Tuesday, May 13, 2014
Not everyone believes that we're doomed when it comes to climate change, and one of those hopeful few is Robert Bryce. He says that innovation is the key to future global prosperity, and eventually a cleaner environment for everybody.
Wednesday, January 08, 2014
As part of our second conversation in our "Meeting the Standard" series, The Takeaway sat down with Ken Balkey, consulting engineer at Westinghouse and senior vice president of ASME Standards, where his work focuses largely on standards for nuclear power. Ken is proof of the fact that every inch, valve and screw thread at a nuclear power plant is considered and constructed carefully, with your safety in mind.
Thursday, May 30, 2013
By Robert Lewis : Reporter, WNYC News
The owner of Indian Point nuclear plant has thrown millions into lobbying and political donations as it tries to get its facility relicensed for another 20 years, according to a report released today.
Tuesday, May 14, 2013
By Robert Lewis : Reporter, WNYC News
Environmental groups and anti-nuclear activists continue to spar with business and labor leaders over the future of the Indian Point nuclear plant, the 40-year-old plant that sits 24 miles north of New York City.
Wednesday, August 22, 2012
Earlier this month the Nuclear Regulatory Commission (NRC) voted unanimously to wait before approving new licenses for Indian Point or other nuclear plants until it can determine how to deal with safety and environmental threats posed by indefinite on-site storage of highly radioactive spent fuel. Attorney Richard Webster and Clearwater Environmental Director and NRC Petitioner Manna Jo Greene discuss the environmental impacts of on-site spent fuel storage at Indian Point, the vote, and how it impacts the relicensing decision for the Indian Point Nuclear Reactor.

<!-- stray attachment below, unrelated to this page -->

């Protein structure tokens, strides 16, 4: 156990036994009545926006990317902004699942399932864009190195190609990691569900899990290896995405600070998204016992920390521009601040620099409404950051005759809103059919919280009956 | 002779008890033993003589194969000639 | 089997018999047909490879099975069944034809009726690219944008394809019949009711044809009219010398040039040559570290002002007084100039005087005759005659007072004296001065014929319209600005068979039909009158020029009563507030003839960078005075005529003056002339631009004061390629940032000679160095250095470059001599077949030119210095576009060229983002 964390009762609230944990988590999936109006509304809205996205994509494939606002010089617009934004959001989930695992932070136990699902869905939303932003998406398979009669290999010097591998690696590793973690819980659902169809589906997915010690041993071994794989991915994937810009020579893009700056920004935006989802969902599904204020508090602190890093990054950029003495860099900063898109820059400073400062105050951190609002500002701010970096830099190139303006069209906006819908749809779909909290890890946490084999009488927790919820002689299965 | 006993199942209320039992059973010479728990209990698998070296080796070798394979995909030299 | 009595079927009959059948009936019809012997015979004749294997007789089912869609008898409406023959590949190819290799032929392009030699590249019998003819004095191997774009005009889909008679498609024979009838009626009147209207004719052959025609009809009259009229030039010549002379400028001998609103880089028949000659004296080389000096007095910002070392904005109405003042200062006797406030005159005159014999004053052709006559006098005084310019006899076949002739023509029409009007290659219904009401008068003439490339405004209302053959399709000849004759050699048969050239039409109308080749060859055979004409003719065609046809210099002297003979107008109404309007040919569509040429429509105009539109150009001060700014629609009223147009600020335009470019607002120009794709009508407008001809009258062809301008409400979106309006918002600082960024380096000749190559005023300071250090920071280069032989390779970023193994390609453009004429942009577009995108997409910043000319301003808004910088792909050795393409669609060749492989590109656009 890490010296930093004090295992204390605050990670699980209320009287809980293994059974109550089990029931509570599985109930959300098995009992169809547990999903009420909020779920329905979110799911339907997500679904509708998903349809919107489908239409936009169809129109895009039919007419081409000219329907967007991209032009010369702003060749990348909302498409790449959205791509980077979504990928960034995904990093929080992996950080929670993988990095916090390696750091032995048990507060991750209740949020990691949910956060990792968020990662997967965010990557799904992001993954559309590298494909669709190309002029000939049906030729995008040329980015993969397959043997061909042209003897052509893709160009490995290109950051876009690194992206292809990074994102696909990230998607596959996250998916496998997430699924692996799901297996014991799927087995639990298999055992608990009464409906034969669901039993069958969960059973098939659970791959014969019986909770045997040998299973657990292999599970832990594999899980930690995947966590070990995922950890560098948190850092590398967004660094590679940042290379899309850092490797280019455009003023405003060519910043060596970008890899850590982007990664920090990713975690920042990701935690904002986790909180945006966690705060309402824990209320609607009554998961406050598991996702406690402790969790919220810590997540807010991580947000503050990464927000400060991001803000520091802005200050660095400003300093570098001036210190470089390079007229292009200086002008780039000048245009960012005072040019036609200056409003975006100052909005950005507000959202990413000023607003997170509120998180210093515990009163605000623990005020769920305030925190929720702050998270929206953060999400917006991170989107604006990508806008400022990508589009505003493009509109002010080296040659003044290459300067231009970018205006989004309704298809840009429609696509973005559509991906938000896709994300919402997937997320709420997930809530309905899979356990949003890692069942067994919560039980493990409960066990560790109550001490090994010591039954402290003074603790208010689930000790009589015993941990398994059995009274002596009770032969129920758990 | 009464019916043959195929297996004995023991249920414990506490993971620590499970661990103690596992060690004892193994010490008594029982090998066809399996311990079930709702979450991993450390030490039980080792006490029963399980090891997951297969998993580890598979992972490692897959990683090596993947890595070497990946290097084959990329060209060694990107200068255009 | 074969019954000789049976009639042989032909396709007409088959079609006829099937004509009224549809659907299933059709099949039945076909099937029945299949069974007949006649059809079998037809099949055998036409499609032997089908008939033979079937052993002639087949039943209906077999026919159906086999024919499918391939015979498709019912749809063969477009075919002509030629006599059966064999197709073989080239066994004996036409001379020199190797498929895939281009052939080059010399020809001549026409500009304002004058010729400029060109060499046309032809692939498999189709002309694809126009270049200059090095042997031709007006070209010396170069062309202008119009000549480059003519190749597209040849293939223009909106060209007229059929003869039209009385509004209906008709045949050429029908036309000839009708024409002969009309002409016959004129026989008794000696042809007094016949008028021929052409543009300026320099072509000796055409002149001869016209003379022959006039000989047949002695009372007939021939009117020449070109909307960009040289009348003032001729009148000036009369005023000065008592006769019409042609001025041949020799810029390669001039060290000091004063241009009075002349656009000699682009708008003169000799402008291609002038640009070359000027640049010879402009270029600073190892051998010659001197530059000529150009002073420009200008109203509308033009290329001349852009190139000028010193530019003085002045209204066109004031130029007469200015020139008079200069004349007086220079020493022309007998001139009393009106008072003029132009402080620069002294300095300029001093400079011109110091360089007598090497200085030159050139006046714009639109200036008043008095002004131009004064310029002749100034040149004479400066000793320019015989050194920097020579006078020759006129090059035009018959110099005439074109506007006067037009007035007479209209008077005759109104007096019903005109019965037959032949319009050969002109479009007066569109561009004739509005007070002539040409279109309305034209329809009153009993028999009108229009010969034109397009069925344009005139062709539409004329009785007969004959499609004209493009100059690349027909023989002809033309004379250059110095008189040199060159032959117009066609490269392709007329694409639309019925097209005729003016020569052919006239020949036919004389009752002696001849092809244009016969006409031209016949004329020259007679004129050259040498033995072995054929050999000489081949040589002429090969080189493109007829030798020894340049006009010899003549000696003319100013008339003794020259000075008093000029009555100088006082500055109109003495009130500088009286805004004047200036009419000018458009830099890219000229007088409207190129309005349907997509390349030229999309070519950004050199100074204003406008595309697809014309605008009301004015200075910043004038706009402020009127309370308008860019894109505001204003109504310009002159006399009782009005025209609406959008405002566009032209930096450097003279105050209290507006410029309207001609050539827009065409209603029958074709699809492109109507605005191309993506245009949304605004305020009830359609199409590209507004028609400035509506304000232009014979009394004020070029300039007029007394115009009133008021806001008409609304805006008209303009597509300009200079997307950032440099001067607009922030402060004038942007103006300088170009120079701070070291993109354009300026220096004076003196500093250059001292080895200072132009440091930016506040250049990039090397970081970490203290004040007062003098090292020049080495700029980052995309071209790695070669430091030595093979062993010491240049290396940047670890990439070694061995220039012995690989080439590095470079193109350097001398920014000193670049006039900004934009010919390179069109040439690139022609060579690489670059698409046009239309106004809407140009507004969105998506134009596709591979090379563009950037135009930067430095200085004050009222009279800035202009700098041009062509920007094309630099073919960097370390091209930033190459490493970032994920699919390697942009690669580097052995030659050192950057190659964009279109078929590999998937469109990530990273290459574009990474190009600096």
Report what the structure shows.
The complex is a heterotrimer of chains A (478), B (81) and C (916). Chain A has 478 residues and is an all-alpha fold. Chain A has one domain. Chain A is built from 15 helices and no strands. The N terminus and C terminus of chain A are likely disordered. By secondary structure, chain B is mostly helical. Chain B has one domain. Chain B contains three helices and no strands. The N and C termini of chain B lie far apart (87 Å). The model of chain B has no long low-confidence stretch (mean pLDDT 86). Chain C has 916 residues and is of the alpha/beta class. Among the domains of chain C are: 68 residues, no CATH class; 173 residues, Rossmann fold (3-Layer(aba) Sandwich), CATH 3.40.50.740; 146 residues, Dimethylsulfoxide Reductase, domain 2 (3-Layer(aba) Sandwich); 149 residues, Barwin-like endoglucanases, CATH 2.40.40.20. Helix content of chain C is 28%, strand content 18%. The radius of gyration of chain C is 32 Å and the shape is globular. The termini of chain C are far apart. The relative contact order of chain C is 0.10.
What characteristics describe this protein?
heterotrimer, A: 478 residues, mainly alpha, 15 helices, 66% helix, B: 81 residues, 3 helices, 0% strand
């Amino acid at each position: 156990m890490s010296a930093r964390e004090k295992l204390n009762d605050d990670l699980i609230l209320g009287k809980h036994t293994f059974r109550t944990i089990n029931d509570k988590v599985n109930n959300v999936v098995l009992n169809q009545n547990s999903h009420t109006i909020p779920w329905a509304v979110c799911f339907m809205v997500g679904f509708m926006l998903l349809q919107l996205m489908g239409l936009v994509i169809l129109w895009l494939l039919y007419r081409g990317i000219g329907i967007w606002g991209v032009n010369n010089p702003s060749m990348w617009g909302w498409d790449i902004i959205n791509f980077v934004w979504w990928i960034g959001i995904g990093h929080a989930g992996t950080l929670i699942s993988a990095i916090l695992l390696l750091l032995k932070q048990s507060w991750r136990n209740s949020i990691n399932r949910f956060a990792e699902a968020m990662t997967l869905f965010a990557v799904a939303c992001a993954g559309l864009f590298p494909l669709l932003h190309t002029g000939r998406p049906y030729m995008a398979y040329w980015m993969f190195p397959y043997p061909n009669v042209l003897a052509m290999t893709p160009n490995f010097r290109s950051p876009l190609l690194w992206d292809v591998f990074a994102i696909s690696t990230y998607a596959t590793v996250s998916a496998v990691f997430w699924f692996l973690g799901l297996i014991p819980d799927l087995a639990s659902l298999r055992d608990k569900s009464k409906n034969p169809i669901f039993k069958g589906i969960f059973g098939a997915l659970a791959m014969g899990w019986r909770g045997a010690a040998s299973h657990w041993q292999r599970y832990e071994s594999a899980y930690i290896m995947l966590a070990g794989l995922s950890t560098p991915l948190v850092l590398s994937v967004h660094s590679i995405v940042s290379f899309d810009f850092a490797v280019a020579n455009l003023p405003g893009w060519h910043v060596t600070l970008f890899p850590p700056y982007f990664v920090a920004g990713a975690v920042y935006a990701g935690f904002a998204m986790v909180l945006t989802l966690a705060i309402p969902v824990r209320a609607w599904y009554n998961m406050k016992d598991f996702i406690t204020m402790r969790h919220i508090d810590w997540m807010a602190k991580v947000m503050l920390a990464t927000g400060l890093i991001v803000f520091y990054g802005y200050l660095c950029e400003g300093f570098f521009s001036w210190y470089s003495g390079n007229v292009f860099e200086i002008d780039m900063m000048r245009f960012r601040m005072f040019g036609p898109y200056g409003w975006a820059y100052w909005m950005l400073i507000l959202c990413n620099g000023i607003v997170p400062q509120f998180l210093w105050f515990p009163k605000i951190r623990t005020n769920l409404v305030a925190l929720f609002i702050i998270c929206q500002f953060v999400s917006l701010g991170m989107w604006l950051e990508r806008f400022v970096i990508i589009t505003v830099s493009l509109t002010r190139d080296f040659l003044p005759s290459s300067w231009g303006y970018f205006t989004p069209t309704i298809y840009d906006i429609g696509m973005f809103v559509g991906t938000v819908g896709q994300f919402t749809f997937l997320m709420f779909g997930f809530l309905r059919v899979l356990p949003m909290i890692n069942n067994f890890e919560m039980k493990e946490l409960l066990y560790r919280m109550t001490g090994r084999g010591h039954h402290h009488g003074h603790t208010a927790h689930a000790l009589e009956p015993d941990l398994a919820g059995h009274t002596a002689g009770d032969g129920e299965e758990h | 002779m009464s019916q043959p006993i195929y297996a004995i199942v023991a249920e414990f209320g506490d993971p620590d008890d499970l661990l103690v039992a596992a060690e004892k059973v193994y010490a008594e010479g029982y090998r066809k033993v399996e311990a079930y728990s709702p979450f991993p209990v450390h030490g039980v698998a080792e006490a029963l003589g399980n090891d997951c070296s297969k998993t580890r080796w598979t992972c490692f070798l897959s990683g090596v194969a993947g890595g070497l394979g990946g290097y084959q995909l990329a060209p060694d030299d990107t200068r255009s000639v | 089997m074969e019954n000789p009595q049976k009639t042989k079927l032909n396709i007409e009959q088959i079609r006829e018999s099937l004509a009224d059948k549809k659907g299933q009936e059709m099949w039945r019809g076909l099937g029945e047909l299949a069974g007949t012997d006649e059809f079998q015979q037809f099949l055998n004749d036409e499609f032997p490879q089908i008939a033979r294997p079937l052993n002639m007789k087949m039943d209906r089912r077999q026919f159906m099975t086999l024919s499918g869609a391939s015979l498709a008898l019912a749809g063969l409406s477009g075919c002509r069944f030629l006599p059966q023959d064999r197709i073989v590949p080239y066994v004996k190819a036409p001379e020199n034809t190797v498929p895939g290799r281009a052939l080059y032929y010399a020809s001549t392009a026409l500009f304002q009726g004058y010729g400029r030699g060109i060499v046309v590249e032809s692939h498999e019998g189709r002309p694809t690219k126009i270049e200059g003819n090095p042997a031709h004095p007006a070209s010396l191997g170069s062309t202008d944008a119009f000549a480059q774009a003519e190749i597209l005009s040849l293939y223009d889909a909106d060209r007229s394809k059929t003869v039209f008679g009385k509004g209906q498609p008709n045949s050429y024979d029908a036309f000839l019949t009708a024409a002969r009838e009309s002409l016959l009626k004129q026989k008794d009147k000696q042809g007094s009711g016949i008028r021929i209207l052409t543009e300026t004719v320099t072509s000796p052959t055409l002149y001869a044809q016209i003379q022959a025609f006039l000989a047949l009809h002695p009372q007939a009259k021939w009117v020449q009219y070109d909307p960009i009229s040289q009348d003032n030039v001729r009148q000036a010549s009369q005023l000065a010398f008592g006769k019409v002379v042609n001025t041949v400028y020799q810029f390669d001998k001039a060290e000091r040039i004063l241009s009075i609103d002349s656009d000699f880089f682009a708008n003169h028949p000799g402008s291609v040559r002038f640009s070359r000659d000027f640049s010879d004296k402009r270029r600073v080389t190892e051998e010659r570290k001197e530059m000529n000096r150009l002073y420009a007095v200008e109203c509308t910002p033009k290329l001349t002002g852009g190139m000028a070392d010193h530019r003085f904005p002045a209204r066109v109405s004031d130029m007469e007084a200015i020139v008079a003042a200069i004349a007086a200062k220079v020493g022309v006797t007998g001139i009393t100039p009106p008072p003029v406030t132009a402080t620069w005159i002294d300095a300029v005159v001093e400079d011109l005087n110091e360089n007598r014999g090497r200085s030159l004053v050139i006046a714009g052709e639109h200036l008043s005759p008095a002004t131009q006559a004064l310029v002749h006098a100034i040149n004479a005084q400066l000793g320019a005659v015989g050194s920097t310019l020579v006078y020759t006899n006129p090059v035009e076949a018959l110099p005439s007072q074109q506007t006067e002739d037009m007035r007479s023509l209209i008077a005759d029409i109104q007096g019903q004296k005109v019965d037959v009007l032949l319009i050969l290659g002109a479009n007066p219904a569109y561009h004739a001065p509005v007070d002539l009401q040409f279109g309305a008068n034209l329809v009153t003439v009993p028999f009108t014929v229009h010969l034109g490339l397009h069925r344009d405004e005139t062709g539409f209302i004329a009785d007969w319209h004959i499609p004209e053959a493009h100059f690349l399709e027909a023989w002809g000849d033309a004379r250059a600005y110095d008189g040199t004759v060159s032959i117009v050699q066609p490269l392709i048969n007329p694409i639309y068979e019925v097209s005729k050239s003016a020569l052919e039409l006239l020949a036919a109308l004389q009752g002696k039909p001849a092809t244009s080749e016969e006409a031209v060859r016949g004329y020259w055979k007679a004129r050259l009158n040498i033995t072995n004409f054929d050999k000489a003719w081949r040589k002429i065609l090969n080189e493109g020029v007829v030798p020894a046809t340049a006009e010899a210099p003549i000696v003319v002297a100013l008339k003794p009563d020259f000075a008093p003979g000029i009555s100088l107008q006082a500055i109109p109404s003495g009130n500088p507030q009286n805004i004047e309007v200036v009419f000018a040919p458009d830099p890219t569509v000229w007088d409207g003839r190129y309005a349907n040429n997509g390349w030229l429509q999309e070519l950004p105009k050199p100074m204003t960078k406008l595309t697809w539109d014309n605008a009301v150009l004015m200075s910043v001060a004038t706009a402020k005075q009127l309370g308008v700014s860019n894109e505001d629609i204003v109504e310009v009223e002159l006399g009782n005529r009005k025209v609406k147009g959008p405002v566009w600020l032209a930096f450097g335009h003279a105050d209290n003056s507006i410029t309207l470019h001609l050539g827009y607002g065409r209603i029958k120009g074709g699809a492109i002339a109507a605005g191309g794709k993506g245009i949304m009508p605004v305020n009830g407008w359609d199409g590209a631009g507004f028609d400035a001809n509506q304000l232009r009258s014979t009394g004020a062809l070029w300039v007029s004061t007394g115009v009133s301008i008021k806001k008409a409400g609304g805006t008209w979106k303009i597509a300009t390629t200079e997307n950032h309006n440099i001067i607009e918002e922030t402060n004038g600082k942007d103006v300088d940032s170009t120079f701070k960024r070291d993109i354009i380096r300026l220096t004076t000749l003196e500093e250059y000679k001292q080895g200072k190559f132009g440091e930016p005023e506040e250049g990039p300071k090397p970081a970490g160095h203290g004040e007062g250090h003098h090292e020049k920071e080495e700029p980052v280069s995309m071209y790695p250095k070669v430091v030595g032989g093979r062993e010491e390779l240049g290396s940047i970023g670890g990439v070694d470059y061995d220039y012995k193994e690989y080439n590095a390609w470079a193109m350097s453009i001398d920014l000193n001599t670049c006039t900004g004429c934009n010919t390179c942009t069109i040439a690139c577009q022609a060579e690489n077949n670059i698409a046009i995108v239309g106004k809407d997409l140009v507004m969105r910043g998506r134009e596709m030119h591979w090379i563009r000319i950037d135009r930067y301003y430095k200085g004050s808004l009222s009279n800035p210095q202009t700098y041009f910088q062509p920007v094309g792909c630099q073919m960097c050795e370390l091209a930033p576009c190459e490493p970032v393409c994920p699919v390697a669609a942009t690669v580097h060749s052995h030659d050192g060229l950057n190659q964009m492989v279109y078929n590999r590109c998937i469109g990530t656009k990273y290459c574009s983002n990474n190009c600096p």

Tuesday, May 08, 2012
Richard Martin, author of SuperFuel: Thorium, the Green Energy Source for the Future, contributing editor at Wired and editorial director for Pike Research, looks at thorium as a clean energy source.
Friday, March 09, 2012
One year ago this Sunday a massive earthquake devastated northeast Japan. The Japanese barely had time to catch their breath before waves of water 30 feet high crashed down on the coast. Twenty-thousand people died; 90,000 were evacuated. The natural disasters were soon followed by a nuclear crisis. In the year since the meltdown at the Fukushima Daiichi plant, Japan has had to face difficult questions on the state of their nuclear regulations and the country’s energy future.